School of Nursing

Bonding in Sisterhood through a Dual Crises

Title: "Bonding in Sisterhood through a Dual Crises": A Qualitative Study of a Virtual, Health-Related Program created by Women of Color during COVID-19 and Social Injustice

Project Lead: Shanae Rhodes, BSN, RN, Student in the Nursing Science Doctoral Program

Recent tragedies of heightened social injustices and the current COVID-19 Pandemic have exacerbated the health inequities affecting women of color. Despite the double impact of recent crises on this population, some have taken the opportunity to rise from the ashes. My Sister's Keeper (MSK) was created by a group of four women from San Antonio, Seguin, and the Dallas/Fort Worth area in June 2020 in response to heightened social injustices and the impact of the COVID-19 Pandemic. The mission of MSK, a community-based, virtual group, is "to empower women of color to have better health through information sharing and sister-bonding." The program primarily serves African-American and Latina women but has recently expanded participation to include Asian women. Monthly sessions consist of two guest speakers: a professional expert (e.g. interdisciplinary healthcare providers) and a content expert (e.g. a person who is living or has lived with a particular illness). Topics covered at the sessions are selected by the participants. Additional services offered by MSK include, but are not limited to: providing up-to-date resources, offering a safe space to discuss culturally-relevant topics, and spiritual support and prayer.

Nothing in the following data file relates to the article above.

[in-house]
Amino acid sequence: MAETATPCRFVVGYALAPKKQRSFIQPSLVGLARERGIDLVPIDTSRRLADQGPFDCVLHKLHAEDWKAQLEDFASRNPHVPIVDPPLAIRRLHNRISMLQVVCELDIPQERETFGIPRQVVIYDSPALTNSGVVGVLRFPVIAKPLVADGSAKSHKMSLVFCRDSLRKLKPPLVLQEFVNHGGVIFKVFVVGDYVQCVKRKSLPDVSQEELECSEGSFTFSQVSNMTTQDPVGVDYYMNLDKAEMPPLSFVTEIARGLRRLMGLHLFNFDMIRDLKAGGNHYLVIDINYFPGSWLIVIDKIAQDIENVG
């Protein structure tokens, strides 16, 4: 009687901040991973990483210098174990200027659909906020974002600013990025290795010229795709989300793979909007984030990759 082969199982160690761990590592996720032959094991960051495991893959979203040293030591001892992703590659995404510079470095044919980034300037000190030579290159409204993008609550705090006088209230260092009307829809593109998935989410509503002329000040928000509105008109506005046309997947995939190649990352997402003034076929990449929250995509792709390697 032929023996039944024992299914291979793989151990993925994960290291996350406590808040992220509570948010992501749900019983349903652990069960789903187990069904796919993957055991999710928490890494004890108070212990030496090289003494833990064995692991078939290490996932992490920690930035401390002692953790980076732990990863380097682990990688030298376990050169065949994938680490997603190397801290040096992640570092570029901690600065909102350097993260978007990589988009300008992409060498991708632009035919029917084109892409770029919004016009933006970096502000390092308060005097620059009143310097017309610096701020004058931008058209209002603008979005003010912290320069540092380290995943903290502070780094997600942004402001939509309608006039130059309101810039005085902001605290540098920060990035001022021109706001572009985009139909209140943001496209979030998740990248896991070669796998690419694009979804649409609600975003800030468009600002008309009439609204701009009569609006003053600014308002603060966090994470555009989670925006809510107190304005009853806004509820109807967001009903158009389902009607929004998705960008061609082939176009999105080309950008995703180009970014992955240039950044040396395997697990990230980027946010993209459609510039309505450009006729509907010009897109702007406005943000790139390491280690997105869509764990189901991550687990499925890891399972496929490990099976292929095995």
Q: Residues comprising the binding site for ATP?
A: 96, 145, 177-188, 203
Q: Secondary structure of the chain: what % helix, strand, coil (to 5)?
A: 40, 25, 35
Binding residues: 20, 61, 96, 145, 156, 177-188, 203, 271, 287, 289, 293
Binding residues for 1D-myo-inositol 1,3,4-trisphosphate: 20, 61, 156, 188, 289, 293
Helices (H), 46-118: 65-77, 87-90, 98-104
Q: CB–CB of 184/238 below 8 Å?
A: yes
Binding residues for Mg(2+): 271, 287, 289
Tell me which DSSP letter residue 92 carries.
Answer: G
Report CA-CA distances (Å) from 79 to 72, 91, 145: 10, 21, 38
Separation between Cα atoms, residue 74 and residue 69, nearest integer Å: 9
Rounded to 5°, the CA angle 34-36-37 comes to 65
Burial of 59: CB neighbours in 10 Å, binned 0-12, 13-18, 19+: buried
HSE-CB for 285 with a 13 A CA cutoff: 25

Although virtual programs are emerging, little research has been conducted to explore the development and influence of a health-related resource developed by women of color for women of color. Through an established partnership with a virtual community of women of color, this study will qualitatively examine the development, evolving nature, and feasibility of an interactive learning forum designed to promote health awareness for women of color during a heightened time of social injustice and COVID-19. The study will lead to the development of a Community-Based Participatory Research (CBPR) study focused on issues identified by the group of women.